PIA12130: Opportunity's View After 72-Meter Drive, Sol 1912
 Target Name:  Mars
 Is a satellite of:  Sol (our sun)
 Mission:  Mars Exploration Rover (MER)
 Spacecraft:  Opportunity
 Instrument:  Navigation Camera
 Product Size:  7688 x 1720 pixels (w x h)
 Produced By:  JPL
 Full-Res TIFF:  PIA12130.tif (13.24 MB)
 Full-Res JPEG:  PIA12130.jpg (1.042 MB)

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NASA's Mars Exploration Rover Opportunity used its navigation camera to take the images combined into this 360-degree view of the rover's surroundings on the 1,912th Martian day, or sol, of its surface mission (June 10, 2009).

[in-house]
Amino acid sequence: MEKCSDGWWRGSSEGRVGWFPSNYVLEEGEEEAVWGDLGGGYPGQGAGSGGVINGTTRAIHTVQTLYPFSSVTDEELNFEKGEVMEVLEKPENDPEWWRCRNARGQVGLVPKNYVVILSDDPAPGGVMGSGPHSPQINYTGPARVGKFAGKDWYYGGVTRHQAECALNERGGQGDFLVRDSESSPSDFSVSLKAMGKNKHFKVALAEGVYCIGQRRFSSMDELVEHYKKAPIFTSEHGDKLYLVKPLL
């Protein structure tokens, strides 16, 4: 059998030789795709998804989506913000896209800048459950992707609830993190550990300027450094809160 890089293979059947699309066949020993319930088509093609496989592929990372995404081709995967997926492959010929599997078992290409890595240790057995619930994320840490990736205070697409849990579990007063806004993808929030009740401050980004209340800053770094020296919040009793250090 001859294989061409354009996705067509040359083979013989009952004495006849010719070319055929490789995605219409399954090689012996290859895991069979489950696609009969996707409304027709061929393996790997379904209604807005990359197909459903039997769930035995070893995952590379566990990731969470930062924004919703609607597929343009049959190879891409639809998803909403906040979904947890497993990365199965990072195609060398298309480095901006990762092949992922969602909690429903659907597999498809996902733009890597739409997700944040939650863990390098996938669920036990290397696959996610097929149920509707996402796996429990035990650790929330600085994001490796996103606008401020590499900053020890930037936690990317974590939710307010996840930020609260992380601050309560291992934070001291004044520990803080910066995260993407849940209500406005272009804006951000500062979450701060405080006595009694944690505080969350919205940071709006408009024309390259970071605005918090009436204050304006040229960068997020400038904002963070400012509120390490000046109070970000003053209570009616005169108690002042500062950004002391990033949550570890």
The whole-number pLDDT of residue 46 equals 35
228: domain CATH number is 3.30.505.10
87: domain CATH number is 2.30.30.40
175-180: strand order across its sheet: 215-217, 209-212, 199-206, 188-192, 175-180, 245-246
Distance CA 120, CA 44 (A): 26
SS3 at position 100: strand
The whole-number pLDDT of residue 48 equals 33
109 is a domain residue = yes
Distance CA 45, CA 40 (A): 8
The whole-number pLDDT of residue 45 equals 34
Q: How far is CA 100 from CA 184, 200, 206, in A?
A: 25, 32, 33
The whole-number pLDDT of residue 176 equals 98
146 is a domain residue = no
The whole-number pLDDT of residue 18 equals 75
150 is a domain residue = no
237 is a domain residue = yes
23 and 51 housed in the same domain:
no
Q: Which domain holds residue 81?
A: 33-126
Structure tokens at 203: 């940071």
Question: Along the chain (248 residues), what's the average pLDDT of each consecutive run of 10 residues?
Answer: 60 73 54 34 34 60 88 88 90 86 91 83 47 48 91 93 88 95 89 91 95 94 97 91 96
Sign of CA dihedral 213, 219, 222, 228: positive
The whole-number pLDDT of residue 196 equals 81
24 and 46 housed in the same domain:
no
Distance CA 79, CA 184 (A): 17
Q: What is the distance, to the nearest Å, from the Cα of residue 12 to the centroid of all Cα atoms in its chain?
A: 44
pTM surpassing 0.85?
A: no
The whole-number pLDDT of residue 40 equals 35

Opportunity had driven 72.3 meters southward (237 feet) that sol. Engineers drove the rover backward as a strategy to counteract an increase in the amount of current drawn by the drive motor of the right-front wheel.

North is at the top of the image; south at the bottom. Opportunity's position on Sol 1912 was about 2.5 kilometers (1.6 miles) south-southwest of Victoria Crater. For scale, the distance between the parallel wheel tracks is about 1 meter (about 40 inches).

This view is presented as a cylindrical projection with geometric seam correction.

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